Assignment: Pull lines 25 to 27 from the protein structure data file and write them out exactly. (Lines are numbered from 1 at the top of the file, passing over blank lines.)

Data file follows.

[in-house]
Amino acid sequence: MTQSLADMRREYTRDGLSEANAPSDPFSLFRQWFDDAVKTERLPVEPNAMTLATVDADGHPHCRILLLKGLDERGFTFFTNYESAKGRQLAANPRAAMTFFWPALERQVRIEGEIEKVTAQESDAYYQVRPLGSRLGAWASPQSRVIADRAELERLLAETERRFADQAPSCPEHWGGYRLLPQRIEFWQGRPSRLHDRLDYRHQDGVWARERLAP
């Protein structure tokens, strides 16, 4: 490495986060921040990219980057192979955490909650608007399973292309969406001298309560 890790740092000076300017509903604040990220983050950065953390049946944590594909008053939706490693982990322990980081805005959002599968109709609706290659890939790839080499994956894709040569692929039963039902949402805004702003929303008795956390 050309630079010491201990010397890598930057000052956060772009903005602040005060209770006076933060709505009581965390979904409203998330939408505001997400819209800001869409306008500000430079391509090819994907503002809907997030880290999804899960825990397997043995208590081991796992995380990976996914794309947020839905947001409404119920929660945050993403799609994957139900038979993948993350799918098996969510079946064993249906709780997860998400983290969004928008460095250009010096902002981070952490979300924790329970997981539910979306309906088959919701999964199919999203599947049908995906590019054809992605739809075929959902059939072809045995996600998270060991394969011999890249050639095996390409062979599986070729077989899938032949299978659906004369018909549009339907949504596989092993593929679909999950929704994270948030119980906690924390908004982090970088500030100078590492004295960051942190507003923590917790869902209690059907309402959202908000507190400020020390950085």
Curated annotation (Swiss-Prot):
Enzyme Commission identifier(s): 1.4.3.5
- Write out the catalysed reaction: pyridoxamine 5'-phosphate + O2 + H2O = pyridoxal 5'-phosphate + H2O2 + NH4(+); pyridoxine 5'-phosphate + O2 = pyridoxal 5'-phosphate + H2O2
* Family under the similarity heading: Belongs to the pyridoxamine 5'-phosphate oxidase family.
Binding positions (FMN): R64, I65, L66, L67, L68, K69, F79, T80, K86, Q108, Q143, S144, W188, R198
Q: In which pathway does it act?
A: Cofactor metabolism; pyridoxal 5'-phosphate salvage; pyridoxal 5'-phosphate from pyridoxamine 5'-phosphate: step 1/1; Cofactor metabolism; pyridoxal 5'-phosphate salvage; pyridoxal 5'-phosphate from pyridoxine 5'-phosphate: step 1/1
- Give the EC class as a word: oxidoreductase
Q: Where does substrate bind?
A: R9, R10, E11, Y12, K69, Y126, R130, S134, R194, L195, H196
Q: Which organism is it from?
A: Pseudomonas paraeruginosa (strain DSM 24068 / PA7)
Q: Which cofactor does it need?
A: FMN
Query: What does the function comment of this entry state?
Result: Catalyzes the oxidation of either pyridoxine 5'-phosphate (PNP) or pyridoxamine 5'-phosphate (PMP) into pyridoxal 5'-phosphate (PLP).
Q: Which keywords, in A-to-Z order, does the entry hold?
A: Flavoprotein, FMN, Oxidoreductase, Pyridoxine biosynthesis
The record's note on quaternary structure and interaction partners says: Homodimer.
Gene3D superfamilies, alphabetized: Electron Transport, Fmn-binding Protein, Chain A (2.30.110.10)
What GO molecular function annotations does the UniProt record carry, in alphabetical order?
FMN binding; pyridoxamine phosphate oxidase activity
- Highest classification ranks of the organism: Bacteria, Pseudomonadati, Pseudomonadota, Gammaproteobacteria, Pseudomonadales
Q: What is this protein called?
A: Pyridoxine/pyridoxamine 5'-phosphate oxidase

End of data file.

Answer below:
FMN binding; pyridoxamine phosphate oxidase activity
- Highest classification ranks of the organism: Bacteria, Pseudomonadati, Pseudomonadota, Gammaproteobacteria, Pseudomonadales
Q: What is this protein called?